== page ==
In his second at-bat Monday, a second straight strikeout on the night and 12th in his last 22 at-bats, Howard was way late on a 93-mph fastball on the outer half of the plate.

But he looked much better in his final two at-bats of the night.

In the bottom of the sixth, he drove a Roark changeup to the warning track deep in right-center, but Ben Revere closed quickly and made the catch.

In his last at-bat, after Maikel Franco led off the ninth inning with a double, Howard jumped on a first-pitch fastball from Jonathan Papelbon and drove a double to the gap in left-centerfield, scoring Franco and putting the tying run in scoring position with no outs.

Those two swings were the ones Mackanin said Monday afternoon he “knew” were there. He later corrected himself and said it was more of a situation of “hope.”

Howard went 1 for 4 on the night. His May average is now .106.

“He needed to come through with a big hit and that was a huge hit, put the tying run at second base,” Mackanin said. “It was good to see.”

The Phillies are slated to face a righty in their next six games before facing Jon Lester and the Cubs at home next Monday. Joseph, who is hitting .278 with three home runs in his first 36 Major League at-bats, figures to get the start in the majority of those.

It’s a decision Mackanin says he’s going to make on a day-by-day basis.

He was asked if the front office, which is also in a tough spot and may have to do something soon, gave him any input on what to do.

“They don’t tell me who to play and when to play them,” Mackanin said. “I know that they want me to mix in Joseph against right-handers so that he doesn’t stagnate. That’s pretty much all I go by right now.”

A suggestion from upstairs isn’t unprecedented. It has already happened before during the young 2016 season.

“They asked me to - as bad as (Tyler) Goeddel looked early in the season - they asked me if I could try to mix him in a little more,” Mackanin said. “I said sure. I did, and he started hitting better. So now he’s playing more. Here we go, if you want to play more than you gotta hit.

“There’s nothing set in stone.”

NL East Wrap: Matt Harvey gets back on track in Mets' win over White Sox

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NL East Wrap: Matt Harvey gets back on track in Mets' win over White Sox

NEW YORK -- On the mound in the seventh inning for the first time this season, Matt Harvey gave up his first walk of the game and his second hit, leading to a sacrifice bunt and a second-and-third jam.

"You kind of think about the worst at that point," he said. "You start getting some negative thoughts that creep in your head."

But 11 days after disappointed fans at Citi Field booed him like a villain, the Dark Knight was back - at least for one afternoon.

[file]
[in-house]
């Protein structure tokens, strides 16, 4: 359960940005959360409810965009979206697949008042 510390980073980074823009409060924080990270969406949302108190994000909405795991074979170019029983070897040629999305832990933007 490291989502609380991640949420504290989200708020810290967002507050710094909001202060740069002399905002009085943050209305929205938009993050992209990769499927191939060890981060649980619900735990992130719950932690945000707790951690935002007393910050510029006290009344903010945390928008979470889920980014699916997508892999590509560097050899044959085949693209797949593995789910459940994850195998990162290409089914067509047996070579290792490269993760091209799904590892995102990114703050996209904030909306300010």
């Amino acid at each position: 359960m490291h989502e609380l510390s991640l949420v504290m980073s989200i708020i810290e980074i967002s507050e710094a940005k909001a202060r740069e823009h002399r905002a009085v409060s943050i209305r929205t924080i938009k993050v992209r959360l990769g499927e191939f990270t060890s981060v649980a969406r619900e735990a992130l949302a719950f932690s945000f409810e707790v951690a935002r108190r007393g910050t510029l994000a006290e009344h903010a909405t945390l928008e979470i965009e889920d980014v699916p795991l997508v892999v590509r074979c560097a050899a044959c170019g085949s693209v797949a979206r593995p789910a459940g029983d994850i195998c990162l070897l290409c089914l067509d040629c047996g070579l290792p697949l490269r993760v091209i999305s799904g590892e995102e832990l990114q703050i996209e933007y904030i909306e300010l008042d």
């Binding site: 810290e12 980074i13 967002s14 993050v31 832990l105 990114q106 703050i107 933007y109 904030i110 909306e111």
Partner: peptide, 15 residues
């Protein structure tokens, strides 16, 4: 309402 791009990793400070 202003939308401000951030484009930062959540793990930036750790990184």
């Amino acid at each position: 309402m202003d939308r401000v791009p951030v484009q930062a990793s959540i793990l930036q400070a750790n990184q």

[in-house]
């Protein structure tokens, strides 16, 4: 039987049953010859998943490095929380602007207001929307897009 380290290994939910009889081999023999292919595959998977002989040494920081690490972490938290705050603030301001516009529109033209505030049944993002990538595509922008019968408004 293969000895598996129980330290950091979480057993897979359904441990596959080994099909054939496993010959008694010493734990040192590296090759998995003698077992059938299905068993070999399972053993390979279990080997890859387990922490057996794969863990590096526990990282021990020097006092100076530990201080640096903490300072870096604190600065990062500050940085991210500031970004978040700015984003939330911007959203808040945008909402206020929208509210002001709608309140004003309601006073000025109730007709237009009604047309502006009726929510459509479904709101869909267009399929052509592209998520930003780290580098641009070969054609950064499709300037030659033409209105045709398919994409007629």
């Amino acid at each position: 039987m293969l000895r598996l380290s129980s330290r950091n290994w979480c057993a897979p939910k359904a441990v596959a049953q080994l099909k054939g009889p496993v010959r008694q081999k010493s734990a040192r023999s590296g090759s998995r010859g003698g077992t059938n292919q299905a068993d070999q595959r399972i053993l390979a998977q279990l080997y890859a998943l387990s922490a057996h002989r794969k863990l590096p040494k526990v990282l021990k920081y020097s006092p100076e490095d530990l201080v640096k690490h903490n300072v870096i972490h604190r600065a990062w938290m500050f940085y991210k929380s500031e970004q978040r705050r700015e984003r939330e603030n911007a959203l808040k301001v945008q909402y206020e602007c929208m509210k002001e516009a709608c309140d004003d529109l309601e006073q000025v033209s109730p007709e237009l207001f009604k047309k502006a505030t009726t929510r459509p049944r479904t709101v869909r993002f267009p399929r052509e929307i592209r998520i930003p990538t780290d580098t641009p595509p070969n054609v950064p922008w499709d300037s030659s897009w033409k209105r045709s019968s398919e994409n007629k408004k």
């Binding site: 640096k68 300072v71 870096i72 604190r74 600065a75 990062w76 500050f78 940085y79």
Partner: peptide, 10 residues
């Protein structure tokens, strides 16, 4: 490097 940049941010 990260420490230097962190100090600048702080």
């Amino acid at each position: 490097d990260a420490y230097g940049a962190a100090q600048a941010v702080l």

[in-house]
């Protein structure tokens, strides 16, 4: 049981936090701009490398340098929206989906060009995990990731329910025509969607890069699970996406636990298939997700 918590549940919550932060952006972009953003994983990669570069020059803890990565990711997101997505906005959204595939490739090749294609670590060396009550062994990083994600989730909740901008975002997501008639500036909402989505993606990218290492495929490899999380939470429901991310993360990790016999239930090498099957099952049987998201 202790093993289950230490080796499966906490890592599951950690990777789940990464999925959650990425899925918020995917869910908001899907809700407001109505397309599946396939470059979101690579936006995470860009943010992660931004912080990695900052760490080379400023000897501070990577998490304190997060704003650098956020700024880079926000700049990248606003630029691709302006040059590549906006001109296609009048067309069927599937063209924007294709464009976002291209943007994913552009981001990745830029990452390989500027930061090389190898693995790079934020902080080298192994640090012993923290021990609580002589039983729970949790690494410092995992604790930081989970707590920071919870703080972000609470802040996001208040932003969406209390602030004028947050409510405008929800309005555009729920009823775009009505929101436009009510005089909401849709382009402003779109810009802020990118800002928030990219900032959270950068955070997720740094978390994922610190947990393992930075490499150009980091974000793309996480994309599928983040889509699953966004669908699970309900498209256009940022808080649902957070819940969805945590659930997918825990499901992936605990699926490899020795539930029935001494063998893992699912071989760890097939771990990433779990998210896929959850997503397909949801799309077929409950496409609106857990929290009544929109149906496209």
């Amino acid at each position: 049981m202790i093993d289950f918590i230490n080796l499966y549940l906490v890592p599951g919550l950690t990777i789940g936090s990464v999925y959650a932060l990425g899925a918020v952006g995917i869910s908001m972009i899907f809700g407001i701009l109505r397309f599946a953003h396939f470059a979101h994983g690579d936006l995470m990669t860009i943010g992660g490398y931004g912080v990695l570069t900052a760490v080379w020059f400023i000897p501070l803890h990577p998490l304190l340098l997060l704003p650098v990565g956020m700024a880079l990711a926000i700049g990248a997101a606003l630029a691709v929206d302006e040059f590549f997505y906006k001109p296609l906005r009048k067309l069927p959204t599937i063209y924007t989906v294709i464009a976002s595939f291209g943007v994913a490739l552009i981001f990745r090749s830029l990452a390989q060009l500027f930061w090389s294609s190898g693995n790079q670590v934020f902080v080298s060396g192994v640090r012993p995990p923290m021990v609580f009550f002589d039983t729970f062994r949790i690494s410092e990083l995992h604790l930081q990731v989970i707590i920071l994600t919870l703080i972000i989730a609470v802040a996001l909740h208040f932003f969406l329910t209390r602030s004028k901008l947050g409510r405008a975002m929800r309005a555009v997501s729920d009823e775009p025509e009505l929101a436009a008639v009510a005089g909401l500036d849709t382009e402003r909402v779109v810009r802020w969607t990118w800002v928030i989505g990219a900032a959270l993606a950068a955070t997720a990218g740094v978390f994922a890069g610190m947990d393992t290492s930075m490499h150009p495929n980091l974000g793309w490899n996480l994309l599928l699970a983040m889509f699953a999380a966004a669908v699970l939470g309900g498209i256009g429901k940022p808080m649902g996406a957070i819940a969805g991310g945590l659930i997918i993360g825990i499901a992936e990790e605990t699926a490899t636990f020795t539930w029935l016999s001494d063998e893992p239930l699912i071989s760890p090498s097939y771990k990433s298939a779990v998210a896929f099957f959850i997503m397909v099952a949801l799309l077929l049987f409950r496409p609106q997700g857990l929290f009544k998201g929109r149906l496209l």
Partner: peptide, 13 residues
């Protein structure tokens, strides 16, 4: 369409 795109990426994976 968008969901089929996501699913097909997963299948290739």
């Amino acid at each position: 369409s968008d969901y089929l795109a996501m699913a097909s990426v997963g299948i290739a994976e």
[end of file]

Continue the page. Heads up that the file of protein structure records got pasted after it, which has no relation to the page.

Harvey retired Todd Frazier on a foulout and J.B. Shuck on a grounder to escape trouble, Neil Walker homered off Jose Quintana on the second pitch of the bottom half and the New York Mets beat Chicago 1-0 Monday to send the reeling White Sox to their seventh straight loss.

"Today's a big first step," Mets manager Terry Collins said.

Addison Reed and Jeurys Familia got six straight outs to complete the two-hitter, preserving Harvey's first win since May 8. Harvey struck out six, walked two and threw four pitches of 98-98.5 mph after not topping 97.5 mph previously this season. He threw 61 of 87 pitches for strikes (see full recap).

Mallex Smith's 3-run triple powers Braves past Giants
ATLANTA -- Mike Foltynewicz is showing he can be more than just a fastball pitcher - and that he can be part of the Braves' long-term rotation.

Foltynewicz continued his recent upswing by allowing only three hits and one run in six-plus innings, Mallex Smith hit a three-run triple and Atlanta beat Jeff Samardzija and the San Francisco Giants 5-3 on Monday.

The Braves survived San Francisco's two-run, ninth-inning rally. They have won three of four and are 5-21 at home, still easily the worst in the majors.

Foltynewicz (2-2) gave up a leadoff homer to Brandon Belt in the second inning, but allowed only one other runner to advance to second.

Foltynewicz, 24, has had other recent strong starts, including eight scoreless innings in a 5-0 win at Kansas City on May 14. His start on Monday may have been his most impressive demonstration of altering the speeds of his fastball while mixing in a curveball and slider (see full recap).

Locke tosses three-hit shutout against Marlins
MIAMI -- Jeff Locke tossed a three-hitter and the Pittsburgh Pirates beat the Miami Marlins 10-0 on Monday night.

Gregory Polanco's grand slam, Sean Rodriguez's two-run homer, and David Freese's four hits helped power the offense for the Pirates, who won the first of a four-game series in Miami. The first two games were originally scheduled to be played in Puerto Rico, but were moved due to concerns of the Zika virus.

Locke (4-3) struck out one and did not walk a batter while throwing 67 of 105 pitches for strikes. It was his first complete game in 101 career starts. Locke retired 19 straight at one point and needed just six pitches to get through the seventh inning.

The announced crowd of 10,856 was a season-low for the Marlins, who entered the day averaging just under 20,000 (see full recap).